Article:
Prominent industries with employment concentrations in several metropolitan areas are education and health services, manufacturing, government, and finance. These industries stand out as having a larger share of employment in several metropolitan areas in the region than they have at the national level.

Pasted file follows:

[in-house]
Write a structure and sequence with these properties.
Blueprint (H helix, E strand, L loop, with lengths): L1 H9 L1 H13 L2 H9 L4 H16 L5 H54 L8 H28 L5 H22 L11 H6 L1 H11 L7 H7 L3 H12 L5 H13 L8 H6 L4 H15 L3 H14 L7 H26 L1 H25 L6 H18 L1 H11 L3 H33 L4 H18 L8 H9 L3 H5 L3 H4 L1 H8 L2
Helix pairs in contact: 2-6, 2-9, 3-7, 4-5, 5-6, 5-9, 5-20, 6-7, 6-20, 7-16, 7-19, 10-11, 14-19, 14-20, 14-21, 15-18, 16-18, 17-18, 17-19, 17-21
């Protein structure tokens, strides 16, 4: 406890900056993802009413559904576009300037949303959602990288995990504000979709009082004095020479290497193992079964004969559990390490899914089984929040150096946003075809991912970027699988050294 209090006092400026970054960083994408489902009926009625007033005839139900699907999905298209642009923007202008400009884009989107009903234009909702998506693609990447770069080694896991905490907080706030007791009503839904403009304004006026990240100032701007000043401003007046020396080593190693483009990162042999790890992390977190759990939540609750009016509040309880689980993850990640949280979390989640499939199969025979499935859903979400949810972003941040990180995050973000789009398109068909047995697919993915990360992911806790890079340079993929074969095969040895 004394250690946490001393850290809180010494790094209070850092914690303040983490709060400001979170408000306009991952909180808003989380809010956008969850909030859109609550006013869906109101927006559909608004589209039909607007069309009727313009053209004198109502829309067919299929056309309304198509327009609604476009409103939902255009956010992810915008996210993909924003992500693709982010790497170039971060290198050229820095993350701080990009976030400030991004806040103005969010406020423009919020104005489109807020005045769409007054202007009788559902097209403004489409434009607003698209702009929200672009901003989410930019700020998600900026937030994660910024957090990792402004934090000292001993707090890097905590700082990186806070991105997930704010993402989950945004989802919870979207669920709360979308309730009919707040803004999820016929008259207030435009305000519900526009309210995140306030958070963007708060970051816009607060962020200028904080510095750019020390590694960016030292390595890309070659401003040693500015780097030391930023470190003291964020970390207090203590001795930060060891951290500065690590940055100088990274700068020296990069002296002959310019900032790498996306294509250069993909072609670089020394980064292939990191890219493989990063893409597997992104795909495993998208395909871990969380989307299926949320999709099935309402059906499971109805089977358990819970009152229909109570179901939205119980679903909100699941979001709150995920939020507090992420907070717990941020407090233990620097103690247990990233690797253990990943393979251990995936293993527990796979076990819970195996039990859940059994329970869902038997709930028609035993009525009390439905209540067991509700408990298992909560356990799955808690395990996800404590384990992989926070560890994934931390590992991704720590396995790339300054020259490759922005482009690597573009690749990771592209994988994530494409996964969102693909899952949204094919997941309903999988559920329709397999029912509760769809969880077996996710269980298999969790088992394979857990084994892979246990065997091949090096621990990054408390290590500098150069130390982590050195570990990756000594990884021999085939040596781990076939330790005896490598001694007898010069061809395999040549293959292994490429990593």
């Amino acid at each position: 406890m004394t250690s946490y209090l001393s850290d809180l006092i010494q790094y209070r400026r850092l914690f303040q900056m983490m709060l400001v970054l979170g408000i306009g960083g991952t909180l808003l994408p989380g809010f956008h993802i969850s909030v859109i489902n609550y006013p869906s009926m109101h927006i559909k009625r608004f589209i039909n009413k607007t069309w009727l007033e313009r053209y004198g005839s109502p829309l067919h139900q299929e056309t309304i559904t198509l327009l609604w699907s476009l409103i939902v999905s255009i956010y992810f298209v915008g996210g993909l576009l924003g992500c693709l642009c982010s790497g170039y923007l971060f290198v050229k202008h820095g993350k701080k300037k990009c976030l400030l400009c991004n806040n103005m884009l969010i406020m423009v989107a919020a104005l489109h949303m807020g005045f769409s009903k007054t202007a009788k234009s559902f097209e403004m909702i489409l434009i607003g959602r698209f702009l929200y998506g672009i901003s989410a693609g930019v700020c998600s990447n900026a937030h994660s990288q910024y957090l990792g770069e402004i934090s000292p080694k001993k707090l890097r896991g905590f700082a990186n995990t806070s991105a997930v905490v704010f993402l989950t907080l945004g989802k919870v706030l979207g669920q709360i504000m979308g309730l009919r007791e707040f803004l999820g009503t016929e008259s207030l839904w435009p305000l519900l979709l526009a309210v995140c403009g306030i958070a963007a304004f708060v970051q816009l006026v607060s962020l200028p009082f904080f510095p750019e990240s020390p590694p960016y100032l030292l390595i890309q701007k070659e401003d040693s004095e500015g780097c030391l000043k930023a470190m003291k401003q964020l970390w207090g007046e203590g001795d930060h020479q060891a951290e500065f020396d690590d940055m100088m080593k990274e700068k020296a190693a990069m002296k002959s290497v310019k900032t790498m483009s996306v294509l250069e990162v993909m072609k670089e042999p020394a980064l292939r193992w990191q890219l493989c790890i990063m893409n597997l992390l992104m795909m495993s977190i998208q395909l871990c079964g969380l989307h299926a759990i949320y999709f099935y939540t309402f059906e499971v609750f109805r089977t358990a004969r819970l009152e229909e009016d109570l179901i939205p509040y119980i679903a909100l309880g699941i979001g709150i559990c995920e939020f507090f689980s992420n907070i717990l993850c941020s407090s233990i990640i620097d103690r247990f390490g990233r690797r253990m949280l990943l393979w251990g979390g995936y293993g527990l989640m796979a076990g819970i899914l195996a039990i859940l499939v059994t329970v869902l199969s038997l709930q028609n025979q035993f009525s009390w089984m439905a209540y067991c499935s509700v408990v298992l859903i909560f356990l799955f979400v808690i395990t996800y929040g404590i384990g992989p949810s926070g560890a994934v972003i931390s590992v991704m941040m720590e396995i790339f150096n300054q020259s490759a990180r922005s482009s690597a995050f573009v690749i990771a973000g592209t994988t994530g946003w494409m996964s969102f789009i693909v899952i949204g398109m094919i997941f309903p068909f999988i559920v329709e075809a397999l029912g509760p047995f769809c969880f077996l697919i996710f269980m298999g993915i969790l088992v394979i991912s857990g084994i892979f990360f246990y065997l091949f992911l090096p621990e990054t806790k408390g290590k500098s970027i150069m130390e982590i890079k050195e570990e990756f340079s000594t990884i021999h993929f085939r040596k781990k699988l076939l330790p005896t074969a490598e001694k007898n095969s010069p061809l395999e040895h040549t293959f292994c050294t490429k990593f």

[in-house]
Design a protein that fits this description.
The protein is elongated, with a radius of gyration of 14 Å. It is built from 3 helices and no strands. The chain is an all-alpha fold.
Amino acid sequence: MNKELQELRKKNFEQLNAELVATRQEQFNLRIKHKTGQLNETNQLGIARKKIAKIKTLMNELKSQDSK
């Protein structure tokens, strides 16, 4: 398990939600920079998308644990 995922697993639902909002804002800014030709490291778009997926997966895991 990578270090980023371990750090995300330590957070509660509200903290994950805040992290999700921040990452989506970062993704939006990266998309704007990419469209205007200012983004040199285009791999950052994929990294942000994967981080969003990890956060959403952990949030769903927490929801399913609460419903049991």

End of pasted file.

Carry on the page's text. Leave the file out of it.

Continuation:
Significant concentrations of employment in certain industries can importantly influence economic conditions in an area, both long term and short term. In the long term, growing industries, such as health care and business services, can provide areas with growth momentum; conversely, industries that are not growing in terms of employment, such as manufacturing, can limit an area’s potential growth. (Of course, there will always be factors specific to certain firms and subdivisions of industries that can run counter to overall industry trends.) In the short term, some industries, including manufacturing and construction, are more cyclical than others, so areas where they are concentrated are more susceptible to economic fluctuations than other areas. In estimating the immediate outlook as well as the long-term economic prospects for the region’s metropolitan areas, we must know what their economic structure is today. The rest of this report covers how industries are defined, how their local concentrations are measured, and what these measures reveal about the industrial structure of the region’s major metropolitan areas.

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